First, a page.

Another big concern for experts is that patients will avoid proven medications in favor of CBD.

“There have been more dangerous situations where people turn down effective medications to use unproven products, like CBD,” said Haney.

Social media is making Americans unhappy, but can they ditch it?

The digital age has coincided with decreasing happiness and well-being. Study after study shows this to be true, but the latest sign that we might all benefit from a digital detox comes from the World Happiness Report.

It’s bad news for the United States, which dropped in the ranking to 19th position, the unhappiest the US has been since the study began. This could be due to what the researchers called an “epidemic of addictions” – everything from drug and alcohol abuse, to gambling – and yes, obsession with digital media, which is hardly an American phenomenon alone. Hands up if you’re a recovering Twitter addict, like me?

These days, most of the criticism I fire off at sites like Facebook and Twitter has to do with their many privacy-related failings or their political biases and fondness for censorship – but what if it was something else that really started pushing us away? Something that the social media gods of Silicon Valley have less control over: How spending time on these platforms actually makes us feel.

It seems like every other day I’m hearing about a new study linking social media and unhappiness – and when you look into it, the statistics are fairly shocking. Happiness and life satisfaction in US adolescents increased between 1991 and 2011 – but suddenly declined after 2012. Similar trends were seen across the same period in the United Kingdom.

One researcher, Jean M. Twenge, posits that this is partly due to shifts in how people are spending their leisure time. By 2017, the average 12th grader was spending over 6 hours a day online, texting or on social media. By 2018, 45 percent of US adolescents said they were online “almost constantly.” I’d venture to guess the same could be said of some adults, too.

To fit in all that mindless screen time, people need to be spending less time face-to-face; less time reading, less time sleeping, less time in nature – all which no doubt serve us better than staring at a screen for hours. In fact, the only activity teens spent significantly more time on over the last decade is digital media.

So, we know social media is making us more unhappy, but why exactly is that? One likely reason is the plague of social comparison. People, particularly young people, see what Twenge calls the “highlight reels” of everyone else’s lives and decide that their own lives pale in comparison. Then of course there are the more serious reasons like cyberbullying or the fact that social media validation – likes, retweets etc. – can literally become an addiction for some people. Whatever it is, we could do without it.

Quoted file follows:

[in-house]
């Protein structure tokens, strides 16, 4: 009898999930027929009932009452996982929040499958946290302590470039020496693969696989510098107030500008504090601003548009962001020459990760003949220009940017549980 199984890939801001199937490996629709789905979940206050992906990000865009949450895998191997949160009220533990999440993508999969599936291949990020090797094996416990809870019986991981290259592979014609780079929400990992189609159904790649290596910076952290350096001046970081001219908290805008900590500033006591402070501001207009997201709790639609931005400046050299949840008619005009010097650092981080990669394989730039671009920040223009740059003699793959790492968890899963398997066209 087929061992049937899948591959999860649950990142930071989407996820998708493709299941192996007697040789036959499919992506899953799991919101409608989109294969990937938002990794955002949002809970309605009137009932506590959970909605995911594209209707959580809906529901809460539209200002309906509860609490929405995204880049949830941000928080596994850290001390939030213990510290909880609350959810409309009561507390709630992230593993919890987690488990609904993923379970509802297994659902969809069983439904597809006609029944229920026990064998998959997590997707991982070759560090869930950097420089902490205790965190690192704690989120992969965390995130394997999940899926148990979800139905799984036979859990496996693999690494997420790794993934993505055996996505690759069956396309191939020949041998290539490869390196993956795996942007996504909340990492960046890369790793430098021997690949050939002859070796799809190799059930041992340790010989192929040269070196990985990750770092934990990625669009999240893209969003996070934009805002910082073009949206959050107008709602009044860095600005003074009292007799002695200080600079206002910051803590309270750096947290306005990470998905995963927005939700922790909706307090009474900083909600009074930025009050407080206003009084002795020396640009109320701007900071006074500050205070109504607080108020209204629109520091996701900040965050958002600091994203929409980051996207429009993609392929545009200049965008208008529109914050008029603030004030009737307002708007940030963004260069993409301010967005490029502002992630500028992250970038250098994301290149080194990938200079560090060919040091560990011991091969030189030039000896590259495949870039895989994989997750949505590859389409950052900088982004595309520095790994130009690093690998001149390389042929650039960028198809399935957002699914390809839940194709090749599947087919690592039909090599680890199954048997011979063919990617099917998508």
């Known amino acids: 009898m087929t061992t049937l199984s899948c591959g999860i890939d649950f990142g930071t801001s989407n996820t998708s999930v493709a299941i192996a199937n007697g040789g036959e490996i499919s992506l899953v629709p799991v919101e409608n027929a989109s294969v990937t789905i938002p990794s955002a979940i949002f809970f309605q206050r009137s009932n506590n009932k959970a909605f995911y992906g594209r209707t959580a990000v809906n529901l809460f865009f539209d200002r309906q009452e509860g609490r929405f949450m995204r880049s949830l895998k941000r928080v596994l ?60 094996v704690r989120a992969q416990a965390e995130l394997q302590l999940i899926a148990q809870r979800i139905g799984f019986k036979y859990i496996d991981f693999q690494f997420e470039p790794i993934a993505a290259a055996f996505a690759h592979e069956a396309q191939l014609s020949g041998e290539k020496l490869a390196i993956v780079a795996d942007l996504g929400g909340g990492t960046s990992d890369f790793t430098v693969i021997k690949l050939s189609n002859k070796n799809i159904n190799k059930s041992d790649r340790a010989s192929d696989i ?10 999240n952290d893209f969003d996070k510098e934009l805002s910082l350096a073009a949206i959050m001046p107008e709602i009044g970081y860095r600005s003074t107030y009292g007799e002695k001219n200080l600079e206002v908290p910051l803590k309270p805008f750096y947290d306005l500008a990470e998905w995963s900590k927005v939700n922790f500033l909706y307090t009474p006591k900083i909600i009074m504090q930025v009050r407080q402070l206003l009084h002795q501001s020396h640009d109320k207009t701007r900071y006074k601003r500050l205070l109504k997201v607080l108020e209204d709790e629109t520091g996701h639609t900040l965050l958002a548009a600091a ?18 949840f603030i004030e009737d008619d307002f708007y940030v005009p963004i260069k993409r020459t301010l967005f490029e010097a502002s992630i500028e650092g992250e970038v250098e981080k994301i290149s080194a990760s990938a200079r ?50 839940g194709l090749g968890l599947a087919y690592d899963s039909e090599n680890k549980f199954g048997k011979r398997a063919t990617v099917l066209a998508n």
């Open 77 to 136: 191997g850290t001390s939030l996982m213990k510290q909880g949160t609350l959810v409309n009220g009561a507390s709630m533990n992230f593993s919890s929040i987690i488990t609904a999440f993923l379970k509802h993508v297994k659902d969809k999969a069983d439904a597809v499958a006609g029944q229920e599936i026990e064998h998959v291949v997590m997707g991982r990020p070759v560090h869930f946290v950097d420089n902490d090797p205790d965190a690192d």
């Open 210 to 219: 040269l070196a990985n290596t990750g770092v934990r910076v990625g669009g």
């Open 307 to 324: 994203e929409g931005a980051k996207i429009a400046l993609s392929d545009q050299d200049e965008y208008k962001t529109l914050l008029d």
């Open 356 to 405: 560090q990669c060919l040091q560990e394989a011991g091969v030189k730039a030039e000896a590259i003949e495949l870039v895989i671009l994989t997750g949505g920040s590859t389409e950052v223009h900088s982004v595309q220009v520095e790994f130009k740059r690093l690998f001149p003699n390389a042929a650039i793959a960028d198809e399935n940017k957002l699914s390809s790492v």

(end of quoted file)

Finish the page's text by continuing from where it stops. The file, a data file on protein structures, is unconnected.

The other day, a family member sent me a picture of a group of kids – about 12 or 13 years old – sitting on a pavement painting pictures (with actual paper and paints – it wasn’t an app!) There was not a phone to be seen. “I had to take a photo,” she said “Because I couldn’t believe it!” Indeed, it was a genuinely shocking sight in 2019.

Speaking of being outside, a 2017 US study found a widening disconnect between people and nature, with parents of 8 to 12 year-olds saying their kids spent three times as many hours with screens each week as they did being outside. More than half of adults themselves said they spent less than 5 hours outside each week.

Why does that matter? Nature makes us happy. There’s a huge body of research detailing the positive impacts of spending time in nature. Even looking at pictures or videos of nature can make us feel better (although I’d recommend the real thing, if possible).

Is it mere coincidence that the people who spend most time online are also less happy? Nope. A 2015 study found that higher amounts of screen time were associated with lower odds of happiness. Another study found girls who spend 5 or more hours on social media are three times more likely to be depressed.

I know what you’re thinking: Maybe it’s not social media making them depressed, maybe it’s just that depressed people flock to social media, while happy people are frolicking around outside. Twenge examines that possibility of “reverse causation” in the report, too. It turns out, however, that several studies following the same people over time found digital media use predicts lower well-being later on – and random experiments have found that adults who suddenly limit their social media use in turn improve their overall well-being.